Parents peeved by new limits on Van Buren HS gym use

Danielle Smith from Rosedale protests outside Van Buren Monday evening. Photo by Christina Santucci
By Zach Braziller/NY Post

A Queens high-school principal’s decision to limit after-school use of the gym has parents and kids livid — and it sparked a second protest yesterday outside the building.

Holding homemade signs that read “Where does the money go?” and “Are we ready for college? We have no opportunities,” 20 students rallied outside Martin Van Buren HS to protest principal Marilyn Shevell’s rule that the gym could be used for practice and home games only on Wednesdays, Fridays and Saturdays.

Home games scheduled for Tuesdays and Thursdays conflict with night school, which ends next month, Department of Education spokeswoman Marge Feinberg told The Post.

Anger over the limits only worsened last night when Shevell failed to show up for a PTA meeting. Saying she felt “disrespected,” parent Dianne Payne considered it a “slap in the face.” In the previous PTA meeting, Shevell walked out after parents voiced their concerns.

“It’s unacceptable,” Payne said. “I found it very insulting. I’ve been a PTA president before and I don’t remember ever having a PTA meeting when if the principal wasn’t there, she didn’t at least express regrets and have a designated spokesperson. … She’s not taking into considering the feeling of parents or students.”

During the meeting, co-athletic directors Richard Dellacone and Sheri Meyers handed out a sheet of guidelines, obtained by The Post, for home games that said each player was allowed to have two parents or guardians attend the games, but studnets wouldn’t be allowed to attend. The athletic directors also reiterated games would be held only Wednesdays, Fridays and Saturdays. The girls team is scheduled to host Thomas Edison in its season opener next Tuesday.

Cheval Howell, a senior on the boys soccer team who attended the night school classes in the gym last year, said basketball games wouldn’t interfere because night school gym classes are held in the smaller gyms while the large gym remains empty.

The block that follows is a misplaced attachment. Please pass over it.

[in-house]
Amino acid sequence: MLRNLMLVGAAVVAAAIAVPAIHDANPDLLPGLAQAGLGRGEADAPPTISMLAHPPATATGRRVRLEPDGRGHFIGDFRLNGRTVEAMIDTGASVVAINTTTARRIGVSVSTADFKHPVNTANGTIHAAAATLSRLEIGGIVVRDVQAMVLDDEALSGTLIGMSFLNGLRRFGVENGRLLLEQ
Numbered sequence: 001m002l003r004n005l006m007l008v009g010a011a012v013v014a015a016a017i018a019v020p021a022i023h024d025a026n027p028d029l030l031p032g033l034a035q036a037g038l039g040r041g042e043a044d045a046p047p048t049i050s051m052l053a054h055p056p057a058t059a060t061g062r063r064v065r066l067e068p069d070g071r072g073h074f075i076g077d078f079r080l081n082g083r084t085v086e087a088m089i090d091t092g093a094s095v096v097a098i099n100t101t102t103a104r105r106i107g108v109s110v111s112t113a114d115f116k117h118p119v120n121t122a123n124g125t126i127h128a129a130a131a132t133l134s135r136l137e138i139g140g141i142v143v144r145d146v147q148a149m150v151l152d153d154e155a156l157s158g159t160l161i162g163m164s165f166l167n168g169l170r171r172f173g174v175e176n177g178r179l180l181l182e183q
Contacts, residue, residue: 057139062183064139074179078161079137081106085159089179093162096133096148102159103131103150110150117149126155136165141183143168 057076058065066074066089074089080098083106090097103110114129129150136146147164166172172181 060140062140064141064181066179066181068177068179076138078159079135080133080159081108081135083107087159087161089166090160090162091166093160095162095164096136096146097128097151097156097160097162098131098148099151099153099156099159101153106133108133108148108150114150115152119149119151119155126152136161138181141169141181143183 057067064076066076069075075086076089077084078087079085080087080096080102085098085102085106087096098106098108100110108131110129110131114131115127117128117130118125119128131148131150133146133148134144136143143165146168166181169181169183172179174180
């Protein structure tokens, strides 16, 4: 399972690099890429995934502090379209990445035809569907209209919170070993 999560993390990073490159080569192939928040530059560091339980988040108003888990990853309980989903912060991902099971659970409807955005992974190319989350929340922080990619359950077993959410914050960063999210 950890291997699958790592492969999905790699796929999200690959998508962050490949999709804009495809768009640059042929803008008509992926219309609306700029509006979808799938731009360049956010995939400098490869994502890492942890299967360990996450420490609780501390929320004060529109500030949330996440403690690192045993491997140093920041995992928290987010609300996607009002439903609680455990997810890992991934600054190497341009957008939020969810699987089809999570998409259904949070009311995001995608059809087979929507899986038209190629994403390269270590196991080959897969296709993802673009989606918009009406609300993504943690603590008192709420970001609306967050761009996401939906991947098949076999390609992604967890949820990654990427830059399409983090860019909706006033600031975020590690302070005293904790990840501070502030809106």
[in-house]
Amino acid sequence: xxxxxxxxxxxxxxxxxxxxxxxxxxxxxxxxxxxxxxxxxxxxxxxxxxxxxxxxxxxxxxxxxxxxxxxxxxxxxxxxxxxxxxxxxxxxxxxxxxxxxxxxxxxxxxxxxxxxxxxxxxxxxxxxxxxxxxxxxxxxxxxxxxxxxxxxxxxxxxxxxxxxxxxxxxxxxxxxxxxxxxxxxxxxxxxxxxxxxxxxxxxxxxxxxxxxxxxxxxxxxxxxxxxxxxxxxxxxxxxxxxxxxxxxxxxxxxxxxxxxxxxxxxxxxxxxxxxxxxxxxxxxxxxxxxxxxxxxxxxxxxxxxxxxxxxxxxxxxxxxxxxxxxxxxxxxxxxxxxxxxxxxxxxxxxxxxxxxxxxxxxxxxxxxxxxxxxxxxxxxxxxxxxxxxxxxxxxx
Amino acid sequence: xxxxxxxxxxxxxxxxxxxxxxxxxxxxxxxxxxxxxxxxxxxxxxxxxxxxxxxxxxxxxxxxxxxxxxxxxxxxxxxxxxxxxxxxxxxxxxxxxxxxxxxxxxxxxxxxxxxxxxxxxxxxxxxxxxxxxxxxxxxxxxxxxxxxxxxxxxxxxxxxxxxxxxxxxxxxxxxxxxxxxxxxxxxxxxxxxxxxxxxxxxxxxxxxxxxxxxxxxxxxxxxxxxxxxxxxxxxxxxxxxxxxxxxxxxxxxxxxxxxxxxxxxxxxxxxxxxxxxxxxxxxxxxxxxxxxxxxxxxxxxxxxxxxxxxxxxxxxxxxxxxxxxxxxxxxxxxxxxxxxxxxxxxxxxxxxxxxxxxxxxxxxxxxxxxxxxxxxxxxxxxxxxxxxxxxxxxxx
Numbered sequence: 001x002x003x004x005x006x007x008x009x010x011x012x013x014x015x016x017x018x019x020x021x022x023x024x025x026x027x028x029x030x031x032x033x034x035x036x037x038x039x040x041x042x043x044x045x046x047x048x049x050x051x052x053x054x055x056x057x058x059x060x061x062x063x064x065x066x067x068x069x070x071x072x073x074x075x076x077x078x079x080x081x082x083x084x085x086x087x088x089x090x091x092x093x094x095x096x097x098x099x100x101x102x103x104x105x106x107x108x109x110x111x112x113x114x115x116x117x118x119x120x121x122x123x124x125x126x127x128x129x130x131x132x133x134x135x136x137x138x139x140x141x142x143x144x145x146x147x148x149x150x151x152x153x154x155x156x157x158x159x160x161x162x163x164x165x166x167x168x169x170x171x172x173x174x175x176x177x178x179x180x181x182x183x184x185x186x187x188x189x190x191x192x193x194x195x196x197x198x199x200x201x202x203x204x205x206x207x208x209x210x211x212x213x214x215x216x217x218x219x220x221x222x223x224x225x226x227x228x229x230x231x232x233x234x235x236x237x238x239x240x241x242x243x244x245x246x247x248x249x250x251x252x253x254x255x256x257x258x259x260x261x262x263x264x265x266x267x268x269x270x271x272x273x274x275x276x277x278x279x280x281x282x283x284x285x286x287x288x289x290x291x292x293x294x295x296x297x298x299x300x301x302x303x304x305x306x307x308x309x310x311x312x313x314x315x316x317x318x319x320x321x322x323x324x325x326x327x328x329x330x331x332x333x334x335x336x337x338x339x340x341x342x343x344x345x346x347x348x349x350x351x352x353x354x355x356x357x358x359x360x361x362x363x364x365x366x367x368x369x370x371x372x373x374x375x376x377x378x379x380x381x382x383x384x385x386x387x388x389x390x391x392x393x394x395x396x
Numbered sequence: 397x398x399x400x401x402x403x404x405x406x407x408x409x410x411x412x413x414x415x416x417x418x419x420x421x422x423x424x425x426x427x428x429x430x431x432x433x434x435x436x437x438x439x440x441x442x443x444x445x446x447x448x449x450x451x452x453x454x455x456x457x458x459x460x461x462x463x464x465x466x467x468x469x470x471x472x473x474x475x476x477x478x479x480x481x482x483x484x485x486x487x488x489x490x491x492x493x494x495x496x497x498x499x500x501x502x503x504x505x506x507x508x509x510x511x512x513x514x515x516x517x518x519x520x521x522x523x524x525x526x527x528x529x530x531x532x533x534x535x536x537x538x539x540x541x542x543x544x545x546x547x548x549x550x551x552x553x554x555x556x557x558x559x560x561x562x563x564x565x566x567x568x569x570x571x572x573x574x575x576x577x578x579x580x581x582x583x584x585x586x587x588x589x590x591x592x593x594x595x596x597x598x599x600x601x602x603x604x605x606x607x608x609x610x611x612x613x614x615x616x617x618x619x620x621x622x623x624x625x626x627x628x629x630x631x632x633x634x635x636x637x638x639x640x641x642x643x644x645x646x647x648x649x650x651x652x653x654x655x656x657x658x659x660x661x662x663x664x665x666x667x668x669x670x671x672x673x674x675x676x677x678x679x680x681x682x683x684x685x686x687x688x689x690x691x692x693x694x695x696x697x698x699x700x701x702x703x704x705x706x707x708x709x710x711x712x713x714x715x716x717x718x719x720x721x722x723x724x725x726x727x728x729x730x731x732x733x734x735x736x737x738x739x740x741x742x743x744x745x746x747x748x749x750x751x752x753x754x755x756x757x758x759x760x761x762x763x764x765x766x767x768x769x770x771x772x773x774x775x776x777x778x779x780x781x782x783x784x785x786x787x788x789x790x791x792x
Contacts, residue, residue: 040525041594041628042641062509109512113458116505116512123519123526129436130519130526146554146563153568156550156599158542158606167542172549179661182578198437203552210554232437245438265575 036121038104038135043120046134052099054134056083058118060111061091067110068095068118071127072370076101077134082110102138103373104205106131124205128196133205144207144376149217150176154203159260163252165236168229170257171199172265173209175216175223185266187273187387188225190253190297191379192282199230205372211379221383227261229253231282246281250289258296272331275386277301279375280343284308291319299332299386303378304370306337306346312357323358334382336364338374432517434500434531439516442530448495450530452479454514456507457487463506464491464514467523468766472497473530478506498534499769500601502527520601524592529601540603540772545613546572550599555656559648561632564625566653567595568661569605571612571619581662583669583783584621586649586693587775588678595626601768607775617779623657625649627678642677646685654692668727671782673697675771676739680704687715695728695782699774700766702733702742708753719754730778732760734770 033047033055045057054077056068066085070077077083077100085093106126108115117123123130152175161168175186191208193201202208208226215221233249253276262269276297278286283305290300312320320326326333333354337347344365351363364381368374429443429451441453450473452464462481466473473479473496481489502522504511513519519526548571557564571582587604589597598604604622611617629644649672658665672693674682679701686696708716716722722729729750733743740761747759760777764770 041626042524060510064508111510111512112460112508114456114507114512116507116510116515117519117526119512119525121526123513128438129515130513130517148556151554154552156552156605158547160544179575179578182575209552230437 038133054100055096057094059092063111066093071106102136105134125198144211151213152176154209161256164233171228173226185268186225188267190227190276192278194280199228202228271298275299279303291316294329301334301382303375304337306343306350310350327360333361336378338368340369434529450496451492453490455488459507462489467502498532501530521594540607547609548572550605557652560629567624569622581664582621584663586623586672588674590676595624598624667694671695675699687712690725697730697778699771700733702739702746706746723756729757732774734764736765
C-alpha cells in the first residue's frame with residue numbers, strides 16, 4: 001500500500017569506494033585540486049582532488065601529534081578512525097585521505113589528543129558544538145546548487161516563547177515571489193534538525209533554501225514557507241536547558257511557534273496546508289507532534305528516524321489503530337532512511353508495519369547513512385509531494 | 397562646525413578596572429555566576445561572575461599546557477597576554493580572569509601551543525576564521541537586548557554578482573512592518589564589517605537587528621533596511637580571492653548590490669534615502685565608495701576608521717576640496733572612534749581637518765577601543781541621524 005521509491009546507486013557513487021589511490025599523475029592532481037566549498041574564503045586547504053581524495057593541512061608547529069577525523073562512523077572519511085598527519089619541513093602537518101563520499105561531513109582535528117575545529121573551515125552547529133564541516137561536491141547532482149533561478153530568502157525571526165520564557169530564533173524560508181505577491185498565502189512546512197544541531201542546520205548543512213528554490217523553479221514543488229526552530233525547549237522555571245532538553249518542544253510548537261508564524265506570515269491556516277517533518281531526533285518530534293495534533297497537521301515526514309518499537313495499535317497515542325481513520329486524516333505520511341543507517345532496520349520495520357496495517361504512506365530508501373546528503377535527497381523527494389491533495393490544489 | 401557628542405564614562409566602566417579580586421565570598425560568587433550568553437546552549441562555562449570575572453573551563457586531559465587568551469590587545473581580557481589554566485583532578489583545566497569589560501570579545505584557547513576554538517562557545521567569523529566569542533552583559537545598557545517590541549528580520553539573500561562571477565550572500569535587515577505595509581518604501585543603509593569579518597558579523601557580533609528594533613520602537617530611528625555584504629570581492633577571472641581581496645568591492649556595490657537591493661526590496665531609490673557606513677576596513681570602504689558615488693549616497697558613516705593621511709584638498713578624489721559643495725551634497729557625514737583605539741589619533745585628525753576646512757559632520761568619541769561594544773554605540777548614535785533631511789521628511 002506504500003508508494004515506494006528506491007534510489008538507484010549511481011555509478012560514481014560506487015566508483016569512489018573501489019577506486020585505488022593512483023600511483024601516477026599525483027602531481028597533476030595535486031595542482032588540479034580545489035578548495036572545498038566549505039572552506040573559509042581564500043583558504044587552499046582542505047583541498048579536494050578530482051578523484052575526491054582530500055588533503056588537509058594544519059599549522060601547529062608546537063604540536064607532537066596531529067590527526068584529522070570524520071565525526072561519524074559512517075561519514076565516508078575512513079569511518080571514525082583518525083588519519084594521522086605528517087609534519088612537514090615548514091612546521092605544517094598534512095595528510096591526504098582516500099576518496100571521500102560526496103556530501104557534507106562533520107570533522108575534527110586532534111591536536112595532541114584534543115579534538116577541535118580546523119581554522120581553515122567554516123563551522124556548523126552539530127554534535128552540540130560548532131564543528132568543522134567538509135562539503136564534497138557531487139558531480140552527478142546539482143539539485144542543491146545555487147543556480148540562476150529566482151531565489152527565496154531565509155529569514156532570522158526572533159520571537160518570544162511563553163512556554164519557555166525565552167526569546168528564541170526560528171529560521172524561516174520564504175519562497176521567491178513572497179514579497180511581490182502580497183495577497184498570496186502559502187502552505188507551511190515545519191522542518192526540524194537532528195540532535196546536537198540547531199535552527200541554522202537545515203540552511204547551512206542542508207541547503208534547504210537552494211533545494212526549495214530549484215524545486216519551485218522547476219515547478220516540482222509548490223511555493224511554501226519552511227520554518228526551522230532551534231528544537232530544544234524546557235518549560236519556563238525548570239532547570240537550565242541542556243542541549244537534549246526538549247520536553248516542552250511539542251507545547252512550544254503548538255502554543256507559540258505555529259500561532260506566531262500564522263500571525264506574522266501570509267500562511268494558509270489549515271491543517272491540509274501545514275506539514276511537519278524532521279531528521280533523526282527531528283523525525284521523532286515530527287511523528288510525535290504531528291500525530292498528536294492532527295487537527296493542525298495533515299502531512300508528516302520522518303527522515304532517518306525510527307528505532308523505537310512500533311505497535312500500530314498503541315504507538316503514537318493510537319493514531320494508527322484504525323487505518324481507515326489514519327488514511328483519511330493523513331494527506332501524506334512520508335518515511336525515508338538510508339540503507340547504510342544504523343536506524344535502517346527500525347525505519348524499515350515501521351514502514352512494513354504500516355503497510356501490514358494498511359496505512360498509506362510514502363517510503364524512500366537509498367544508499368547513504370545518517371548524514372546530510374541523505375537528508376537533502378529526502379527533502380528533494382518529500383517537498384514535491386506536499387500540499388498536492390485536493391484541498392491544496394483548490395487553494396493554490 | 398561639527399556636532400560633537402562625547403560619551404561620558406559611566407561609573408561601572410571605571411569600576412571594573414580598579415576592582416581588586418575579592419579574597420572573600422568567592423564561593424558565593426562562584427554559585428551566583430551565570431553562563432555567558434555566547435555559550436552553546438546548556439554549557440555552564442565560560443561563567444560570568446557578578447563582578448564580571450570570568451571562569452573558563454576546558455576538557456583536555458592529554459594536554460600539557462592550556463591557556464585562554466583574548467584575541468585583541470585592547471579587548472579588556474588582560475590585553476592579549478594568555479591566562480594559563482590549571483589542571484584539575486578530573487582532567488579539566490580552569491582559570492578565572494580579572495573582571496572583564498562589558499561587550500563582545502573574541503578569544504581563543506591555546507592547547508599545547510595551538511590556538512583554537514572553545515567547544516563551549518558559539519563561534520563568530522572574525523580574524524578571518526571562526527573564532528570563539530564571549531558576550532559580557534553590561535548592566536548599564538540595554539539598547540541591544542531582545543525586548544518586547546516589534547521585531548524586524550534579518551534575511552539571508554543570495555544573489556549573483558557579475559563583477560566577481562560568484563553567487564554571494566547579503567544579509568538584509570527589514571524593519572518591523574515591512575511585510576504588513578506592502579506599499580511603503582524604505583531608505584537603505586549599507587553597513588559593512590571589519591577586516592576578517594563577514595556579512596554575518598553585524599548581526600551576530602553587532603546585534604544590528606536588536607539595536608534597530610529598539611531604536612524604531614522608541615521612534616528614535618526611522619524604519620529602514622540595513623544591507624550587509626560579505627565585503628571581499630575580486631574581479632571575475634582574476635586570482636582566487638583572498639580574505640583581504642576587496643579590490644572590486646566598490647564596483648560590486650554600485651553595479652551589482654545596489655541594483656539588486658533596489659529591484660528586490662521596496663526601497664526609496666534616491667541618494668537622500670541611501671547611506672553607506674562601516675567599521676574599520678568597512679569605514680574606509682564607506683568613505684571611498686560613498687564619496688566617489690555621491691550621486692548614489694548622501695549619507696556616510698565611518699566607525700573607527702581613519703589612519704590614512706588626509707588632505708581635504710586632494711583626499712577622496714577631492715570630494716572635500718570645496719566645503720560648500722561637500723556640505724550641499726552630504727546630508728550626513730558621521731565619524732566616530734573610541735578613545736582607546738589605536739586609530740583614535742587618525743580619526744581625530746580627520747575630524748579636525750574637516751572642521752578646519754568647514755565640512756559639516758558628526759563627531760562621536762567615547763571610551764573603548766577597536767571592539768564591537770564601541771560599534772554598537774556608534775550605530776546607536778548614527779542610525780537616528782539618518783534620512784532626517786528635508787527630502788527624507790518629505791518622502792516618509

“You could have the games,” he said. “Night school doesn’t affect basketball.”

Many students and parents found it to be an ironic coincidence that the days Shevell allows home games there are very few scheduled. Last year, the girls basketball teams played one game at home and the boys three before an alleged broken gym divider forced the teams to the road.

Parents say Shevell has used various “excuses” for the cutbacks — including the broken gym divider, asbestos in the gym ceiling and fights at prior games. But when questioned by The Post, city Department of Education officials said the wall had been fixed a month ago, there is no asbestos problem, and there have been no melees — or even any home games — this year.

Now there is a scheduling conflict. The girls and boys basketball teams have most of their games on Tuesdays and Thursdays.

“It’s by design,” Payne said. “We used to have basketball and night school at the same time.”

The gym restrictions have put a crimp on both teams’ hopes for the coming season. The teams, which have enjoyed varying degrees of success in recent years, have practiced less and are unsure where – or if – they will play their home games with the season rapidly approaching. The boys reached the second round of the PSAL Class A playoffs last winter while the girls failed to reach the postseason for the first time in 15 years.

“It feels terrible,” boys basketball center Chuck Junior said. “No home pride, no practice. … We’re not prepared physically.”

Several students went as far as to say they would rather see Shevell work elsewhere.

“It’s like she doesn’t care about us,” said girls basketball junior guard Karina Wong, who wrote a letter to Senator Frank Padavan explaining the situation in August.

The players, however, haven’t given up their fight.

“I still think we have a chance to play home games because parents are sticking up for us,” boys basketball senior guard Chiedozie Udezeh said.

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